And then there is the need to be simply satisfied with the work I do. I’ve never needed anyone else to tell me I made a difference in their lives, I just needed to know that my work had value intrinsically and objectively. If the work has meaning, I’m happy.

      Of course, when one runs out of that personal steam, no amount of external props will do. Something to be said for extrinsic motivation at that point!

  7. oilandgarlic says:

    You know I think if you truly want a high-level position, you can do it regardless of kids (with sacrifice of time of course). Most women I know who pull back or opt out were not dealing well with work stresses anyway. We all have a breaking point, some at higher level positions than others. Children are a life-changing experience that just makes the decisions more obvious or urgent.

    Funny about Money’s comment about men and their work/life balance/sacrifice is spot on, too. We all make trade-offs in life.

  8. […] from steeping in the sheer power of so many creators, artists, writers and thinkers despite my overwhelming fatigue that it felt like any little bit would make a […]

  9. Katie C. says:

    I do wish the conversation was about men and women instead of exclusively about women. But that’s because of societal expectations. For sure, there are men out there who miss their families and would probably rather have a job that demanded less of them so they could spend time with their families. But it’s expected that men lead these lives, whereas women are expected to feel guilty for having jobs that take them away from their true calling: motherhood. Being a woman who doesn’t want a child, I get some crazy looks from people when they find out. As if being a woman automatically means I want a child. Just like the statistics on children and chores show that girls are compensated less for their chores (preparing dinner, cleaning up after dinner, dusting, vacuuming, etc.) because girls are taught that these are labors of love, these are things you do for your family because you love them. Whereas young boys are given money to do lawn work or wash the family vehicles. It’s so complicated and so shitty a situation.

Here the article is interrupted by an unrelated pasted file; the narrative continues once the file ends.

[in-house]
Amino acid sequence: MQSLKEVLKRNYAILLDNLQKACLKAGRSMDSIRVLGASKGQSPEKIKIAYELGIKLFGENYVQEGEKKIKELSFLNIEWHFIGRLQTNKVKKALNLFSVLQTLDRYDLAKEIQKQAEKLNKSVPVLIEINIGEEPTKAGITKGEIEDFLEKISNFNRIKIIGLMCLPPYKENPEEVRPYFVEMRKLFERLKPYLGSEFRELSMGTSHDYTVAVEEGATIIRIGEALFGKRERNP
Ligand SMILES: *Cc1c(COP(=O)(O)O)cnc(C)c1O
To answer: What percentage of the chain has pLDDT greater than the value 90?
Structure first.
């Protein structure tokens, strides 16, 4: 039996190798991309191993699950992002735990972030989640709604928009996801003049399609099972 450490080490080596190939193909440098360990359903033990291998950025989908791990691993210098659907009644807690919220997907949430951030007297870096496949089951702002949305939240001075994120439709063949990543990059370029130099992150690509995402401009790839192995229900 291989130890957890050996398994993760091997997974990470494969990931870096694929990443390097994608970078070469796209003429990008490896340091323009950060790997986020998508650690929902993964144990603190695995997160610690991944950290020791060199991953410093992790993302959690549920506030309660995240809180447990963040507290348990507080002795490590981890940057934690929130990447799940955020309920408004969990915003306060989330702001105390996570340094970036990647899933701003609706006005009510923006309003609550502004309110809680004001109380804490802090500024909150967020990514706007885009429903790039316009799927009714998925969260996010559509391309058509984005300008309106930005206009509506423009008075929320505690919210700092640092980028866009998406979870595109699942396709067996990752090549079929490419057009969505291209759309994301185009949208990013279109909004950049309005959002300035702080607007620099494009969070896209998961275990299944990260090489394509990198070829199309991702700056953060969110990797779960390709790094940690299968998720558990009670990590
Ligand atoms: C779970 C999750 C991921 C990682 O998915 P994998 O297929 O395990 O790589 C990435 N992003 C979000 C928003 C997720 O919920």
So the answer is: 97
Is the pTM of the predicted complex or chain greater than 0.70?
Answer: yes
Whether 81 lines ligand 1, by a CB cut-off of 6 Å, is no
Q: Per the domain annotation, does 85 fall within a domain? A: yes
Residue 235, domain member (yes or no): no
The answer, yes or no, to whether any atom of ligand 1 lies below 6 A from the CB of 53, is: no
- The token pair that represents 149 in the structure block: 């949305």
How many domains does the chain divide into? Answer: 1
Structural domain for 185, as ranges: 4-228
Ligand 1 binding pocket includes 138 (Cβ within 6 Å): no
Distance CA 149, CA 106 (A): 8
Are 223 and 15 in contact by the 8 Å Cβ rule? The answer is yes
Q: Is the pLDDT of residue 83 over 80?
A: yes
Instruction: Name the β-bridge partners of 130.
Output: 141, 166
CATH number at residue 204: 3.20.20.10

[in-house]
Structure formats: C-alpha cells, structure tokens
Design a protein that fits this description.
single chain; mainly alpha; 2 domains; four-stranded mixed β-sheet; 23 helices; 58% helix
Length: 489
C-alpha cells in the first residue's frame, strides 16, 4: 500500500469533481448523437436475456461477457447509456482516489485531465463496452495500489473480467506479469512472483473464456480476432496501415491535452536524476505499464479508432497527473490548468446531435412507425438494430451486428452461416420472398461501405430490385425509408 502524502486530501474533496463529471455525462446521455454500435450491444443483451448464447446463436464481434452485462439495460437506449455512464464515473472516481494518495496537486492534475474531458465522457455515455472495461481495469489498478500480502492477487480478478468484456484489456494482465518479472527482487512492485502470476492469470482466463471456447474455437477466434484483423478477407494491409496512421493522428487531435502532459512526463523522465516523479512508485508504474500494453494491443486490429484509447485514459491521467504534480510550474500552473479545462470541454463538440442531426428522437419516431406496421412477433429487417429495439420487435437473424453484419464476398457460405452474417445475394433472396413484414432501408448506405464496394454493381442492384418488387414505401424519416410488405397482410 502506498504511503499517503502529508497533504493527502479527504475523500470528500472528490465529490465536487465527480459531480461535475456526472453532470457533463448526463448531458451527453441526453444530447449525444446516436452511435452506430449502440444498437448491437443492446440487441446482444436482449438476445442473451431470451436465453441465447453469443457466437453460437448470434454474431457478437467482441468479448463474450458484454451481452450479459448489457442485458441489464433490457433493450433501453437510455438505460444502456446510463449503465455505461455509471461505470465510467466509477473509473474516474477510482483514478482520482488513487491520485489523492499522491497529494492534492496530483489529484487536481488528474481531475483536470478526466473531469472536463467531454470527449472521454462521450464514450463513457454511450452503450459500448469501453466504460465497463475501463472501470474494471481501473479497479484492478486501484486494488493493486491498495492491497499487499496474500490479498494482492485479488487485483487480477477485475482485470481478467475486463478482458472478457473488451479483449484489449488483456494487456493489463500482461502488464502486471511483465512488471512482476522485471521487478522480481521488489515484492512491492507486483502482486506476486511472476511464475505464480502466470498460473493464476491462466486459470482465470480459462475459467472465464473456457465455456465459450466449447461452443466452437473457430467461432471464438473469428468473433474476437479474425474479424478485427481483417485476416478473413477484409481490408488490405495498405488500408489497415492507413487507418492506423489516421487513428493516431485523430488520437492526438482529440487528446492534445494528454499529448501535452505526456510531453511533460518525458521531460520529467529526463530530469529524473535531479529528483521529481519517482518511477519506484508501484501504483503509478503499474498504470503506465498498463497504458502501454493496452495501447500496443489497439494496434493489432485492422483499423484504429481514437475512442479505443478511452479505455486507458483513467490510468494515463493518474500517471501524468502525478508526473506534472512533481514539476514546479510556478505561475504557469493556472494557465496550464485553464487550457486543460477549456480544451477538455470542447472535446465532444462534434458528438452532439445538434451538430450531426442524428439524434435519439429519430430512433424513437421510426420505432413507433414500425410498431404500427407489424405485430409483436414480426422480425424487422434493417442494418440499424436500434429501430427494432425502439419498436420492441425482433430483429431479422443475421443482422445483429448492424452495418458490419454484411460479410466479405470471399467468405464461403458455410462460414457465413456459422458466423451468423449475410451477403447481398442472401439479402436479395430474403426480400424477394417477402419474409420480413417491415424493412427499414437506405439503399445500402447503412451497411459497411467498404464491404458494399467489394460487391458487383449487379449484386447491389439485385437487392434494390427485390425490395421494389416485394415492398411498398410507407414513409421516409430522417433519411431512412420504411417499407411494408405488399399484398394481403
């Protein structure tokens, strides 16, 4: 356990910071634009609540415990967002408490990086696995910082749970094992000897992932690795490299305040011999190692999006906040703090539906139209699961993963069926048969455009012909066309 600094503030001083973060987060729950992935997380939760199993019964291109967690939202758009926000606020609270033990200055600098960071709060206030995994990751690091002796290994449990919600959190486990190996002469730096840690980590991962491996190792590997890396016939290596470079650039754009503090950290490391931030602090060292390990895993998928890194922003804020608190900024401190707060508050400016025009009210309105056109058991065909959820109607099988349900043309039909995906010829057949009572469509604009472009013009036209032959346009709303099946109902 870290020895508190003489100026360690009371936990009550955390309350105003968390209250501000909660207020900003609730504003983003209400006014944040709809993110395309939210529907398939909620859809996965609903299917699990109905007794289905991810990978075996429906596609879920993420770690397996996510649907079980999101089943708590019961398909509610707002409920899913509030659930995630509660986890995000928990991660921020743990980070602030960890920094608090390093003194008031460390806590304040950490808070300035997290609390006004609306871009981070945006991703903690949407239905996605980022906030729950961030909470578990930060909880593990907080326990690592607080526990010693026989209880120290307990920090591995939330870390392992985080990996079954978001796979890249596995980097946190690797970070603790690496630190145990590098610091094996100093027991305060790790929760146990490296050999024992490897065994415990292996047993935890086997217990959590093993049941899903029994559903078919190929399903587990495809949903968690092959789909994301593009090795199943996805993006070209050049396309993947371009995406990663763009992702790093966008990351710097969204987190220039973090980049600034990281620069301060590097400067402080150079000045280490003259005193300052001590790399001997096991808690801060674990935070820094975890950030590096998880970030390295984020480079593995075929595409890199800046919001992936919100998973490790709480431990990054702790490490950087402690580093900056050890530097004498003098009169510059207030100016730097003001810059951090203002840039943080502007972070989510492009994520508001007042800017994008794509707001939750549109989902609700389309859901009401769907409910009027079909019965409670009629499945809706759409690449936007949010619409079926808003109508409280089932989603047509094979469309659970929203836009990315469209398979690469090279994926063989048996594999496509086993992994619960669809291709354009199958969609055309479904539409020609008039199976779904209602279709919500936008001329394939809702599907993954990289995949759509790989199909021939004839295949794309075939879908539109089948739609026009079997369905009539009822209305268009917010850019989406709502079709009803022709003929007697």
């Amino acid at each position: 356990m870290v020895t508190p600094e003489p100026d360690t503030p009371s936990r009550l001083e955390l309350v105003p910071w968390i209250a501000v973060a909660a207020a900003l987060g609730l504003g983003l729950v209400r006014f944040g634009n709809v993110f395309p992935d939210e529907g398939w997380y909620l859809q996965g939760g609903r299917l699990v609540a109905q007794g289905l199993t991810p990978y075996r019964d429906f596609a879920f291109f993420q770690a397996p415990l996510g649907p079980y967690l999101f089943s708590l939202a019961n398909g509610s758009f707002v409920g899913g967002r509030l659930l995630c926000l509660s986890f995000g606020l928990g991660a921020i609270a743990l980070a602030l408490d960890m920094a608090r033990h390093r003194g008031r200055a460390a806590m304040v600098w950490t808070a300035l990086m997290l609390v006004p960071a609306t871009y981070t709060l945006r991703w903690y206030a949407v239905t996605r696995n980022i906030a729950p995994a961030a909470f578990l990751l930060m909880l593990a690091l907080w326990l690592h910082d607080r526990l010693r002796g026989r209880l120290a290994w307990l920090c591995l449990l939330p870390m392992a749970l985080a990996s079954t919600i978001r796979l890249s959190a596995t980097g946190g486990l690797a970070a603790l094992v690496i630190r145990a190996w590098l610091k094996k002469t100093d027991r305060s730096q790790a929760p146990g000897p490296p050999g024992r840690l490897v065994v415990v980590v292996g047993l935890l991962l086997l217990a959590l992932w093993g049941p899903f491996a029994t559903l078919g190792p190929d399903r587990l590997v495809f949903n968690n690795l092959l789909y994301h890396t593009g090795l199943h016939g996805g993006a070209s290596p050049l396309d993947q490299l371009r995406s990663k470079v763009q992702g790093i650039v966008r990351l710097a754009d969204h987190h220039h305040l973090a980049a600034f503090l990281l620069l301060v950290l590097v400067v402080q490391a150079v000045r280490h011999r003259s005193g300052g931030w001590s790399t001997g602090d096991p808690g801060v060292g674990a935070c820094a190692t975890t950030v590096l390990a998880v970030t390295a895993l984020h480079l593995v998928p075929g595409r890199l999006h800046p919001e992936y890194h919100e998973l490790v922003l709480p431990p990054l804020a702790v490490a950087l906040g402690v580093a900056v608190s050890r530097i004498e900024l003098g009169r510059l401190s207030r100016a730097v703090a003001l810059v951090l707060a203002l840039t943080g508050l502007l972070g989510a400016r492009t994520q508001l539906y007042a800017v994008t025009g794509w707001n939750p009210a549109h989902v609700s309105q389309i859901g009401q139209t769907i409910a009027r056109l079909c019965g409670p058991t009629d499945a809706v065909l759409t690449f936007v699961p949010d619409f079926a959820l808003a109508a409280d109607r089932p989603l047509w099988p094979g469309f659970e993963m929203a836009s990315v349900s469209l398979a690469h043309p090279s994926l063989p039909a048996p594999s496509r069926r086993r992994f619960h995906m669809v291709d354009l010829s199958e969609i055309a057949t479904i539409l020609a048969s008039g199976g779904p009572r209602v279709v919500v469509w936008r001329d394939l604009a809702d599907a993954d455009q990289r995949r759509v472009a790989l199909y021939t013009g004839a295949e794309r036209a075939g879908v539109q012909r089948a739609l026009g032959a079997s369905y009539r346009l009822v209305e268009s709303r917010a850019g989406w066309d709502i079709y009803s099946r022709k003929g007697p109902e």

But here are the only ways I see this changing: